By David Hunter
Enna – Etna 150km
Stage 3 and we’re already off to the mountains.
The stage is a little on the lumpy side, but all the action will be saved for the big finish. This is not the side we climbed Etna back in 2017 when Jan Polanc won, it’s the harder side.
Mount Etna is a long and challenging climb. It can be classified in many ways; I’ll go with 15.2km at 7.2%. There aren’t many easy sections, and crucially the hardest ramps come in the final 3km. This should allow some of the GC riders to come out to play and test some legs.
Cloudy, with a threat of rain throughout the day. The wind is coming from the north, which means the final climb will mainly be a tailwind, but it isn’t very strong.
Ineos are in control of the pink jersey, but everyone knows that Ganna won’t survive the climb. They have Geraint Thomas who is the favourite to move into pink after this stage, but he is one second behind Almeida, who cannot be underestimated.
I do need to point out that the Ineos squad isn’t like the usual team they would take to the Tour de France. In terms of support deep into the stage, they only really have Geoghegan Hart and Castroviejo, they don’t have the riders to dominate the mountain stages. If it won’t be Ineos dominating the stage, who will it be?
It would have been Astana, but they’ve already lost López and Vlasov. Without super strong teams, it will be interesting to see how takes control of the climb.
If the big riders look at each other, there is a chance of a surprise winner. This would be a rider the big names don’t think would be a genuine GC contender, but someone good enough to hang tough late in the stage.
Do Ineos want to defend the jersey? As most riders are still close on GC, the break will only win if Ineos let it. I think this is unlikely to happen.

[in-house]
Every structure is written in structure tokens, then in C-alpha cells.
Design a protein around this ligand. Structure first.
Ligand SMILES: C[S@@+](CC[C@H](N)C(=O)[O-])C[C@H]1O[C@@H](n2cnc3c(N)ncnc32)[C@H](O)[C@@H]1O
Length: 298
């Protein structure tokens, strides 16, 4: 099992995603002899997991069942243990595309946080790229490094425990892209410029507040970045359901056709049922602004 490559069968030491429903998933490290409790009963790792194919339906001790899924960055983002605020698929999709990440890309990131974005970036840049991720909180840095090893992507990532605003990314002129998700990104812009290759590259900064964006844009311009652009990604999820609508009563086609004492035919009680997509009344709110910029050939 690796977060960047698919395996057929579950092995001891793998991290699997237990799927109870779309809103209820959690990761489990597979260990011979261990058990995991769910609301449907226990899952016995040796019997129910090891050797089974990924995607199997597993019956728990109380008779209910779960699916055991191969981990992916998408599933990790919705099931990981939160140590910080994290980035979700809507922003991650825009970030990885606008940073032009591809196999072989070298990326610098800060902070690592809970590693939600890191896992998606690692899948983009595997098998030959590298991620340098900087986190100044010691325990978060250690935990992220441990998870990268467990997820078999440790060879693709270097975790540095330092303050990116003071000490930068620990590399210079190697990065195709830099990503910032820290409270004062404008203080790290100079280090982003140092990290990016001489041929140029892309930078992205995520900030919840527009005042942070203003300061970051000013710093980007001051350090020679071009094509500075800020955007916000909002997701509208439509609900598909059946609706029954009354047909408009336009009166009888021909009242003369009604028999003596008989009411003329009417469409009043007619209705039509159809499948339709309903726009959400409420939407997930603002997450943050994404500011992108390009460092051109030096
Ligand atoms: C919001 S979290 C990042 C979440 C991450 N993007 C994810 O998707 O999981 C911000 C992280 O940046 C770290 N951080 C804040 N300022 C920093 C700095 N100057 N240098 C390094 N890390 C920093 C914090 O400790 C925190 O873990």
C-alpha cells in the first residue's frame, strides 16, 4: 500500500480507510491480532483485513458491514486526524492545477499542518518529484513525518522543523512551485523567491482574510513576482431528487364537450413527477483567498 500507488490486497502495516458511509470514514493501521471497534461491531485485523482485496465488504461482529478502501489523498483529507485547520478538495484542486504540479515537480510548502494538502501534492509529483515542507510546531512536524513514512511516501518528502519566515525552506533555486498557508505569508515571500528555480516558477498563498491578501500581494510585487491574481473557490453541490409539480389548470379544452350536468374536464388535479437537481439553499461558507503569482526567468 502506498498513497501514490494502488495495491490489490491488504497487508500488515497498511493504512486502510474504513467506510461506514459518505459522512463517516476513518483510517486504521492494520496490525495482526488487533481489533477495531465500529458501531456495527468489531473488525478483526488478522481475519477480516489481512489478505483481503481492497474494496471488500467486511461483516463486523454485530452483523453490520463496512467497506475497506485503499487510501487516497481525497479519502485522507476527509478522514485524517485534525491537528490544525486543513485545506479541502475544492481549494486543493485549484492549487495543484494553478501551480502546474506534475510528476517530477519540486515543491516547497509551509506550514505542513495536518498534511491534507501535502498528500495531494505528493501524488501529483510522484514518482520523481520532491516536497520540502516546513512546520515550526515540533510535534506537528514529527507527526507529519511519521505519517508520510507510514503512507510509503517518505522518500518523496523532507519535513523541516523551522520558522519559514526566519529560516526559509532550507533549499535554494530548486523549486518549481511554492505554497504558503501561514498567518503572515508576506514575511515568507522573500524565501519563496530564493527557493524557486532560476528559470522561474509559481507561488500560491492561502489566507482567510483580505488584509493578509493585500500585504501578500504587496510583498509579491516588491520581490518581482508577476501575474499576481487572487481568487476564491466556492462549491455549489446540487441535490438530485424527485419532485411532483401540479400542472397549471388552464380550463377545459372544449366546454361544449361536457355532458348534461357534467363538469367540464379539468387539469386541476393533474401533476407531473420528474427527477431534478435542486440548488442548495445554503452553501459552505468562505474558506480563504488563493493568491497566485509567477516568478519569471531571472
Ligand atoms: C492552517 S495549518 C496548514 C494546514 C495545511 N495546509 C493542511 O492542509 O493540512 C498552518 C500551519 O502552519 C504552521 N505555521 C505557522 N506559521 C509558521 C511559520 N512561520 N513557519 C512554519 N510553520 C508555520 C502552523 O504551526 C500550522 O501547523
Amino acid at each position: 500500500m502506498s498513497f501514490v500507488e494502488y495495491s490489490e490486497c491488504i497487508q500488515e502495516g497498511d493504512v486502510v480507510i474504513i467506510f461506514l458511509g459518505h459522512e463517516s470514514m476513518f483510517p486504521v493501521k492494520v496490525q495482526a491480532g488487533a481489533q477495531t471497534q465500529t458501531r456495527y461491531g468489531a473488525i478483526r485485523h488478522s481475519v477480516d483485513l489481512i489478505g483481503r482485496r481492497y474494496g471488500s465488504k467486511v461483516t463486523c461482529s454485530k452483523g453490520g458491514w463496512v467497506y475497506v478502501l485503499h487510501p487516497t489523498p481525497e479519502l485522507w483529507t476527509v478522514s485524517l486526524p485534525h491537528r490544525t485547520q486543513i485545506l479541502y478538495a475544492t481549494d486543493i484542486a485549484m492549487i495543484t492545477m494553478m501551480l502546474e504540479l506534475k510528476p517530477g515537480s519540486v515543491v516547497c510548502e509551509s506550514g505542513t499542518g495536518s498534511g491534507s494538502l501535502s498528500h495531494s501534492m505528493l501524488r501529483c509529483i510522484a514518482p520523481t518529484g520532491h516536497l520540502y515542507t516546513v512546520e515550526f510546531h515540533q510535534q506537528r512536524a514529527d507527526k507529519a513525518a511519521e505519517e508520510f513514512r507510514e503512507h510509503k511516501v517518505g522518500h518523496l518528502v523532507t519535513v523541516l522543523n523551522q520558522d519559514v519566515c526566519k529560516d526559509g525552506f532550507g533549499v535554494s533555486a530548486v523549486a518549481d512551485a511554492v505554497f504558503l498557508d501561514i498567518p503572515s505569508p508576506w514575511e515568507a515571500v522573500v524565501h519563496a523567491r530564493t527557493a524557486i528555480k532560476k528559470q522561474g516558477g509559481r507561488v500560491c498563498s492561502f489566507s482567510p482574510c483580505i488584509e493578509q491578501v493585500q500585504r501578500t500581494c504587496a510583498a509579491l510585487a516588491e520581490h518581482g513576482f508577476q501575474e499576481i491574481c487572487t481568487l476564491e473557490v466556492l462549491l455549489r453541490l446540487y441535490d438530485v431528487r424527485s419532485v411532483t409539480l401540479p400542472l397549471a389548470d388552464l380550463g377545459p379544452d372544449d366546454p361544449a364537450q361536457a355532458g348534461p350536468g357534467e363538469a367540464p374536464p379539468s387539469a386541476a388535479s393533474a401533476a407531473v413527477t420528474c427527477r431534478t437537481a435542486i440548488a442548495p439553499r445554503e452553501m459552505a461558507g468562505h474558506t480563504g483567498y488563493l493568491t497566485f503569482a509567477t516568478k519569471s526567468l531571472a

Simon Yates – he’ll start the stage as the favourite, mainly due to his win in Tirreno. The Brit is currently in very good form, but he needs to use every mountaintop finish to try and gain time on Thomas, due to the amount of TT kilometres in the race. All eyes will be on him, but when he attacks not many can actually follow. Mitchelton-Scott have a strong team to support him, with the likes of Hamilton and Haig likely to be around until near the end of the stage.
Geraint Thomas – after a strong TT, he already has his rivals looking up at him. There are real signs that the Welshman is back to his very best, and I don’t need to remind you about how good he can be. This type of mountain is good for him, he can settle into a rhythm and not have to respond to many sudden accelerations. If it ends in a sprint between the GC men, he has a good kick.
Jakob Fuglsang – does anyone know why he started the TT at the end? That was a shocking decision by Astana, and he already lies 1:24 down to Thomas. That would be hugely frustrating for him, but it does offer the chance of some freedom deep into the stage. If the climb is hard, and the domestiques are all gone, there will be a big chance for Fuglsang to attack and get away. Hopefully he wasn’t sitting beside Vlasov on the team bus!
Vincenzo Nibali – form is still hard to judge; he was quite far off his best in Tirreno. Now we’re racing in his homeland you can bet he’ll be super motivated to do his best. Nibali is a master of timing his peak to perfection, I wonder if he’s done it again.
Tobias Foss – the winner of the 2019 Tour de l’Avenir is one of the talents of the future. He is an exceptional climber, but also very strong on his TT bike. After posting a very good time on Saturday, he’s in a great spot on GC. With all eyes on Kruijswijk, he could benefit from flying under the radar.
Jack Haig – if the big names mark each other, there is a chance Haig could sneak away. The Aussie is a great climber, he should be there in the closing stages, but we’ll have to see if he can ride for his own chances.
Given how far he’s down on GC, I think we’ll see Jakob Fuglsang take the win, with Geraint Thomas moving into the pink jersey.
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